By Barnes Boffey
As we get clearer about our sub-selves and what they need, we can look at our lives and decide whether we are doing and being things which nourish them, or there big gaps? Is one nourished a lot and the others ignored? Are we trying to pretend to ourselves or others that one of our sub selves does not really exist and therefore does not need to be attended to?
Nothing good can come of ignoring or disavowing the pieces of ourselves. The same is true in loving those pieces of ourselves. If we hate one of our sub selves, are simply doing harm to our self. It is like taking poison and hoping someone else will die. The goal is to appreciate each of the pieces of ourselves and to nourish that sub self in appropriate ways.
How can I arrange my life to take into account both the “Warrior” and the “Artist? If I am too old to play football, or wrestle around or drink too much and dance the night away, what can I do to take care of that “Warrior?” If I am not in an intimate relationship, how can I nourish that “Artist/Lover?” If I have limited mobility, how can I give the “Cowboy” the fun and freedom he needs to be strong and healthy?
Part of being happy and healthy is knowing the answers to difficult questions about life, relationships, work and growing older. But another big part is getting the questions right. If we have the wrong questions, we will get the wrong answers?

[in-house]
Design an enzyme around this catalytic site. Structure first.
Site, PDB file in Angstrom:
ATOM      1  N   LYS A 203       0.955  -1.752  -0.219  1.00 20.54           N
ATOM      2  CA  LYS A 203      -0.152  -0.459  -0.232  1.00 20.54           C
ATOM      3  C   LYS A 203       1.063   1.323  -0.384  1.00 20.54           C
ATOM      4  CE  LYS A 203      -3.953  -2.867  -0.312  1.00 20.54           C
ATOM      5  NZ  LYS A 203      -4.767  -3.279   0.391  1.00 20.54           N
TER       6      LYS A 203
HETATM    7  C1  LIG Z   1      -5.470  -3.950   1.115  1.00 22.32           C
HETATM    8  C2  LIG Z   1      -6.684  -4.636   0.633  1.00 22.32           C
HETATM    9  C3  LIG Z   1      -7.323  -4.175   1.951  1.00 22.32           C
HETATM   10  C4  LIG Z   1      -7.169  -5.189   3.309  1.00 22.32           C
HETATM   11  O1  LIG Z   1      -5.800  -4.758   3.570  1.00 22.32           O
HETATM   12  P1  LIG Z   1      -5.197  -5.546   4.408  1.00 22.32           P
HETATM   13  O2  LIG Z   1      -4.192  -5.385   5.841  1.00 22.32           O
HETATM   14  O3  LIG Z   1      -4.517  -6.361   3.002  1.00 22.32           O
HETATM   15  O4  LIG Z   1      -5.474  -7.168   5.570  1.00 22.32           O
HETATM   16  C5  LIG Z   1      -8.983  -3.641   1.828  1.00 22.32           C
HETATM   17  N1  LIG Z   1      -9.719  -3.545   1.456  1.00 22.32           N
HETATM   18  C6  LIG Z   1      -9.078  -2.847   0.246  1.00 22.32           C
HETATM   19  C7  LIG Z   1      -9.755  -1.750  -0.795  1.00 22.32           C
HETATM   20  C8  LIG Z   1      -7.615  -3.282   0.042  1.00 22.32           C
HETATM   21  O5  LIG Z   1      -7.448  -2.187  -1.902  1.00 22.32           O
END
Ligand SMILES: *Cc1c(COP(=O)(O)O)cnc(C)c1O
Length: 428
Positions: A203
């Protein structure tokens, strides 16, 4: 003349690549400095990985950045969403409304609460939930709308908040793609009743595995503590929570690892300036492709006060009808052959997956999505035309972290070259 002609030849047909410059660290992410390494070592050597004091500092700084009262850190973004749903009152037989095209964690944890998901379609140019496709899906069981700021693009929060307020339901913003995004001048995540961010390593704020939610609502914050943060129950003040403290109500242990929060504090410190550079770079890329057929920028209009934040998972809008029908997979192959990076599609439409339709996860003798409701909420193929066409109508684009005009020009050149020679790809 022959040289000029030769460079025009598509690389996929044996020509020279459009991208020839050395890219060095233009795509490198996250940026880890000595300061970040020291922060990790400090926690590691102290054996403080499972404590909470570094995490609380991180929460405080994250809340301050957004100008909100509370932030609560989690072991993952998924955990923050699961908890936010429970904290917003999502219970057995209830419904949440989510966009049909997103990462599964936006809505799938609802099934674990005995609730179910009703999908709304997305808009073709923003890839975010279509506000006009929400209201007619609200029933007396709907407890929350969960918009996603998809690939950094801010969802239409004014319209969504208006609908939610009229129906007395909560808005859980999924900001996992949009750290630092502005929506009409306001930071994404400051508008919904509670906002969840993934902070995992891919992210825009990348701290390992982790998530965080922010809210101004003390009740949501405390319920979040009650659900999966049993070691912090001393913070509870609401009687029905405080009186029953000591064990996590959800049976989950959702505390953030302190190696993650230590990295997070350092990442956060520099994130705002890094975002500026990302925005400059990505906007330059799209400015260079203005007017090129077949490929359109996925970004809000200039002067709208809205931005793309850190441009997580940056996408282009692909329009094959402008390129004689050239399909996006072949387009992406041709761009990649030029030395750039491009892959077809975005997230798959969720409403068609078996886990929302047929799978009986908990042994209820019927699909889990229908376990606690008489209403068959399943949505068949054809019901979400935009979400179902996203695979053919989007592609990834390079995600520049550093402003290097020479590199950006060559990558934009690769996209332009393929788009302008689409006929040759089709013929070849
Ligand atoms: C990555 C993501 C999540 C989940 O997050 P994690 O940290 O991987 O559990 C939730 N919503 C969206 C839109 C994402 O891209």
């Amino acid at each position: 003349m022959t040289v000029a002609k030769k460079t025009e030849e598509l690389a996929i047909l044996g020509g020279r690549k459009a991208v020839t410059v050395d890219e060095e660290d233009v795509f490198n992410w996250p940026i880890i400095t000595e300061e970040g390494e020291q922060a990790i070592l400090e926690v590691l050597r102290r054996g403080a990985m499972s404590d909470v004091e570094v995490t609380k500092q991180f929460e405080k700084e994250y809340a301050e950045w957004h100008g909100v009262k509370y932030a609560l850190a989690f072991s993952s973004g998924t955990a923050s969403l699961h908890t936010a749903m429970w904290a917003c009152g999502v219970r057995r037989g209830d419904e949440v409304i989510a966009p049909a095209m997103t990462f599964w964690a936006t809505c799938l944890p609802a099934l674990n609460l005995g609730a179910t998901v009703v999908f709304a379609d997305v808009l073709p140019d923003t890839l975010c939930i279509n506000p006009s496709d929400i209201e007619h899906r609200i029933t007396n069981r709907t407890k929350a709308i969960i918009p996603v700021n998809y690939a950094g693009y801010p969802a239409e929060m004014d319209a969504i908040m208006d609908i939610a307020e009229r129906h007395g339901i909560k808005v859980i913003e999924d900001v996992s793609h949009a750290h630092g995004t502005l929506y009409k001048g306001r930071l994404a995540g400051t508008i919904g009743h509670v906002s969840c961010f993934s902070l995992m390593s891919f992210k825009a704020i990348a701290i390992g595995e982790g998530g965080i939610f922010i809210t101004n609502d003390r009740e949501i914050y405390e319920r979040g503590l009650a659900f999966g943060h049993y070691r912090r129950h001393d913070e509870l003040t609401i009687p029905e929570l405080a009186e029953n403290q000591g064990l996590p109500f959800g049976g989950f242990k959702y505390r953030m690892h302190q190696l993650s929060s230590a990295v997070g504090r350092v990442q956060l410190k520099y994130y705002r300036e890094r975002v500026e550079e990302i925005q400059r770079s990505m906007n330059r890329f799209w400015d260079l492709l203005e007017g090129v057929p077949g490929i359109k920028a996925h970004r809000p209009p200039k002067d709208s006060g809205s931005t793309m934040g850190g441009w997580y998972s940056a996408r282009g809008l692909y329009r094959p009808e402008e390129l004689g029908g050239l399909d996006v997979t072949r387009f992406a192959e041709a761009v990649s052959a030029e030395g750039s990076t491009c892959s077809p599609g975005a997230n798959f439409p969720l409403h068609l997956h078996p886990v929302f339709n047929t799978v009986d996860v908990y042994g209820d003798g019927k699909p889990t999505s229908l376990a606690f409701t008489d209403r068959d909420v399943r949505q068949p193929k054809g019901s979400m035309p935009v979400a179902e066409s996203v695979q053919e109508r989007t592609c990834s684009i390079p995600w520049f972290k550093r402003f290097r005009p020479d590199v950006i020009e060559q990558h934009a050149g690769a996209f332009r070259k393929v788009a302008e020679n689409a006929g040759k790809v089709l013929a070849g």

Part of what I am encouraging you to do is to think about the major sub selves in your personality. Think of them as actual people who have needs and wants. Think about how much you have accepted them as part of who you are and how much you treat them as really good friends. If they were friends, you would do different things which each of them; some you would go to museums with, some you would play sports with, some you would plant a garden with. Give yourself the time and flexibility to treat these “friends” well, and remember that there are consequences if you do not.
There is a story of a wise shaman who spoke to a young man which reminds me of some central issues in the thoughts above.
A young Cherokee man was going through a difficult time in his life. In search of guidance, he went to the Elder of his tribe.
After sitting with the young man for a while, the Elder spoke. “A fight is going on inside you.” He said to the young man. “It is a terrible fight and it is between two wolves.” The first wolf is evil – he is anger, envy, sorrow, regret, greed, arrogance, self-pity, guilt, resentment, inferiority, lies, false pride, superiority, and ego” “The other wolf is good – he is joy, peace, love, hope, serenity, humility, kindness, benevolence, empathy, generosity, truth, compassion, and faith. This is the fight going on inside you – and inside every other person too. This is the struggle you feel.”
The young man thought about it for a while and then asked, “Which wolf will win?”
The old Cherokee simply replied, “The one you feed.”
When you think about your sub selves, the ones that will be healthy and happy will be the ones you nourish.